- Paperback: 384 pages
- Publisher: Wiley; 2 edition (August 18, 2006)
- Language: English
- ISBN-10: 0471789011
- ISBN-13: 978-0471789017
- Product Dimensions: 7.3 x 0.9 x 9.2 inches
- Shipping Weight: 15.2 ounces (View shipping rates and policies)
- Average Customer Review: 27 customer reviews
- Amazon Best Sellers Rank: #196,029 in Books (See Top 100 in Books)
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The Art and Craft of Problem Solving 2nd Edition
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"Overall, The Art and Craft of Problem Solving is an excellent gateway to the culture of problem solving. It is challenging and rewarding. Zeitz’s book shines a new light on mathematics and engages readers with its wonderful insights and problems." (Mathematical Association of America 2016)
From the Back Cover
You’ ve got a lot of problems. That’s a good thing.
Across the country, people are joining math clubs, entering math contests, and training to compete in the International Mathematical Olympiad. What’s the attraction? It’s simple—solving mathematical problems is exhilarating!
This new edition from a self-described "missionary for the problem solving culture" introduces you to the beauty and rewards of mathematical problem solving. Without requiring a deep background in math, it arms you with strategies and tactics for a no-holds-barred investigation of whatever mathematical problem you want to solve. You’ll learn how to:
- get started and orient yourself in any problem.
- draw pictures and use other creative techniques to look at the problem in a new light.
- successfully employ proven techniques, including The Pigeonhole Principle, The Extreme Principle, and more.
- tap into the knowledge gained from folklore problems (such as Conway’s Checker problem).
- tackle problems in geometry, calculus, algebra, combinatorics, and number theory.
Whether you’re training for the Mathematical Olympiad or you just enjoy mathematical problems, this book can help you become a master problem-solver!
About the Author
Paul Zeitz studied history at Harvard and received a Ph.D. in mathematics from the University of California, Berkeley. He currently is an associate professor at the University of San Francisco. He won the USA Mathematical Olympiad (USAMO) and was a member of the first American team to participate in the International Mathematical Olympiad (IMO) in 1974. Since 1985, he has composed and edited problems for several national math contests, including the USAMO and helped train several American IMO teams, most notably the 1994 "Dream Team" which, for the first time in history, achieved a perfect score. In 2003, he received the Deborah Tepper Haimo award, a national teaching award for college and university math, given by the Math Association of America.
Top customer reviews
Well, in my opinion the author understands why many people fear math - lack of proper method(s) + lack of confidence. And the author goes about tackling this problem by doing exactly that!
This book provides many "problems" - i love the way the author phrased the word "problem" - plus many words of encouragement to push its readers to attempt the problems to 3 goals:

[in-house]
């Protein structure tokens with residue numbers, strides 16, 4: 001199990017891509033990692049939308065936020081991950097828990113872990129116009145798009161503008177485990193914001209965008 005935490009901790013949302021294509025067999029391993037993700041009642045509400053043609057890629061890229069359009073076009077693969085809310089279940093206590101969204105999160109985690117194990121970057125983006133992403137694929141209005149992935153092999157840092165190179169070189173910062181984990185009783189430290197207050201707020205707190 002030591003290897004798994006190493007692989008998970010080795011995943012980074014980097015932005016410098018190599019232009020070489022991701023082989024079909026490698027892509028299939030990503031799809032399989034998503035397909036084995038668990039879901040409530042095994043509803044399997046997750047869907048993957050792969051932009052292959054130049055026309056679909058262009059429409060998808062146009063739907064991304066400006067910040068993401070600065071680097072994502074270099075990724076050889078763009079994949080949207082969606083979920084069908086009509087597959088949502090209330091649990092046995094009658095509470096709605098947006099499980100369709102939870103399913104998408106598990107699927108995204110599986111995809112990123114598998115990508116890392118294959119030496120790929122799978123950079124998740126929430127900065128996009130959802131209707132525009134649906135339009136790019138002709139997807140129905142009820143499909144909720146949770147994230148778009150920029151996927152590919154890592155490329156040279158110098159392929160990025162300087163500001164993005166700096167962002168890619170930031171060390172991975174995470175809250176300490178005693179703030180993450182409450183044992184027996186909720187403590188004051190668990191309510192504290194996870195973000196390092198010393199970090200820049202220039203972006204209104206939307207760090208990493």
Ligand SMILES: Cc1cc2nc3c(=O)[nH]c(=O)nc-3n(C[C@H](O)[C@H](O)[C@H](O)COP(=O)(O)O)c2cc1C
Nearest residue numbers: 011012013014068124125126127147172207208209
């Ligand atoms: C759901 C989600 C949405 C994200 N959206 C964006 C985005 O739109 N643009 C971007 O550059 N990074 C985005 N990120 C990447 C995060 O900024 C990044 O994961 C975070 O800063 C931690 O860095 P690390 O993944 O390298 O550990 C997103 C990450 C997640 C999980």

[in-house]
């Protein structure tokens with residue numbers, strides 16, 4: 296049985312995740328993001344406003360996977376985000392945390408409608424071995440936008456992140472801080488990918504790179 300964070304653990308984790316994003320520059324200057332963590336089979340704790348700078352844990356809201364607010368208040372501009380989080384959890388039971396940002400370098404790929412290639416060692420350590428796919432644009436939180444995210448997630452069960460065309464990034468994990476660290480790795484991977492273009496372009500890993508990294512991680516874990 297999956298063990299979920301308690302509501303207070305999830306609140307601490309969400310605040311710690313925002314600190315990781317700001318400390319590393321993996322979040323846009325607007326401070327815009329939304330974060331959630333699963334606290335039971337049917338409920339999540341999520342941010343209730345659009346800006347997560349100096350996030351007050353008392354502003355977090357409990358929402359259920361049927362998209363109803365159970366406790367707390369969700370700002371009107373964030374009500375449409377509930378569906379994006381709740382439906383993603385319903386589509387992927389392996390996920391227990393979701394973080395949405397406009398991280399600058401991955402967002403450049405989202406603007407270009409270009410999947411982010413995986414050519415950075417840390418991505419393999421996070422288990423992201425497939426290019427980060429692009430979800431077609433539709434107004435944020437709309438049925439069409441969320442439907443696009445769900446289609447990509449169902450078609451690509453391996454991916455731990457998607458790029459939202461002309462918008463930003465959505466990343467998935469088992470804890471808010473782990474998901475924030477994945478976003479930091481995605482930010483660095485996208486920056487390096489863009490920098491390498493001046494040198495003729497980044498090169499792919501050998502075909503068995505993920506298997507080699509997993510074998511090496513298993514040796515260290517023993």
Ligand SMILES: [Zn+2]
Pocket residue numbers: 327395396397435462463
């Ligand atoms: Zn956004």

1) Have the courage to think out-of-the-box when it comes to solving problems;
2) Have the confidence to tackle them;
2.1) Building this confidence by providing the methods + the reader's willingness to get "dirty"
3) Never give up (Take a rest if you must, but never ever give up).
It contains hundreds of problems from various levels of competition, from AIME problems all the way through some of the toughest Putnam problems (which, if you know anything about the Putnam, are about as hard as competition problems come). But the biggest help are the vital insights and exciting ways of looking at these problems. Don't take my word for it--many past IMO contestants have suggested this book too.
Particularly helpful is the way the author divides the book into sections based on often-used concepts and techniques. For example, you will see applications of the pigeonhole principle from the most basic (e.g. "In a drawer with socks of 2 colors, show that after picking any 3 socks, we must have a pair of same-colored socks.") through some rather difficult ones (1994 Putnam A4, an Erdos problem, and more).
The same goes for a multitude of others--the invariants section includes both the classic chocolate bar-cutting problem and Conway's rather difficult checker problem. Then, not only does he solve the latter beautifully, but incorporates nontrivial questions that ensure the reader has completely understood the solution (e.g., "Could we have replaced lambda with an arbitrary integer? Why not?").
You don't have to be a math competition buff to gain from this book, however. If you're simply interested in mathematical puzzles and problems, and are looking to expand your repertoire, this book will help you. Anyone with a good dose of intelligence and motivation will benefit.
For an additional problem book, check out Mathematical Olympiad Challenges by Andreescu and Gelca. For purely Putnam treatment, there are several volumes written by Kedlaya. And if you're a CS student, looking for honing those CS math skills to be razor sharp, you should definitely look into Concrete Mathematics by Graham, Knuth, and Patashnik.
Now this maybe is the first book written by a member of former MO team, and now a training lecturer. (The author himself won the USAMO and IMO in 1974, and helped train several USA IMO teams, including the 1994 "perfect score team"). So here is the precious experience! Besides, the ratio between the harder problems and the easier problems is really good. In my opinion this is an excellent textbook for ambitious beginners (both teachers and students), for self-studys and problem-solving fans. Highly recommended.
Most recent customer reviews
Today, I solved my first Geometry IMO problem (1st problem of IMO 1998).Read more